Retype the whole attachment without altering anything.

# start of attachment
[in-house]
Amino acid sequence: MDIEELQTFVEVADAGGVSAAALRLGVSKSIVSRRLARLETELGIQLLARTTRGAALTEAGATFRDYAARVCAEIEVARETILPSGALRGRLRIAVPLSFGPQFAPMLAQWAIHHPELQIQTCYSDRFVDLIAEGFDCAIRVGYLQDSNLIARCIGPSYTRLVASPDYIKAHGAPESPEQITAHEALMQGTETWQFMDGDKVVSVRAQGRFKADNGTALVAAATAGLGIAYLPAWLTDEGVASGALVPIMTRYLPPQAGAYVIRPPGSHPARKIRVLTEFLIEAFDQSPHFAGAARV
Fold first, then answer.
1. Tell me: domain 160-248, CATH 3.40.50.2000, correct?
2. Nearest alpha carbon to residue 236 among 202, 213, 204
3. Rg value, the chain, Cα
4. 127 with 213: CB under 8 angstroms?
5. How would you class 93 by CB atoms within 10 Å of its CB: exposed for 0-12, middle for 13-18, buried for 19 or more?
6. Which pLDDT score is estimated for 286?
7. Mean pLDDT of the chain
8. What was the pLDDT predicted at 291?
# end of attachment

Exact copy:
[in-house]
Amino acid sequence: MDIEELQTFVEVADAGGVSAAALRLGVSKSIVSRRLARLETELGIQLLARTTRGAALTEAGATFRDYAARVCAEIEVARETILPSGALRGRLRIAVPLSFGPQFAPMLAQWAIHHPELQIQTCYSDRFVDLIAEGFDCAIRVGYLQDSNLIARCIGPSYTRLVASPDYIKAHGAPESPEQITAHEALMQGTETWQFMDGDKVVSVRAQGRFKADNGTALVAAATAGLGIAYLPAWLTDEGVASGALVPIMTRYLPPQAGAYVIRPPGSHPARKIRVLTEFLIEAFDQSPHFAGAARV
Fold first, then answer.
1. Tell me: domain 160-248, CATH 3.40.50.2000, correct?
2. Nearest alpha carbon to residue 236 among 202, 213, 204
3. Rg value, the chain, Cα
4. 127 with 213: CB under 8 angstroms?
5. How would you class 93 by CB atoms within 10 Å of its CB: exposed for 0-12, middle for 13-18, buried for 19 or more?
6. Which pLDDT score is estimated for 286?
7. Mean pLDDT of the chain
8. What was the pLDDT predicted at 291?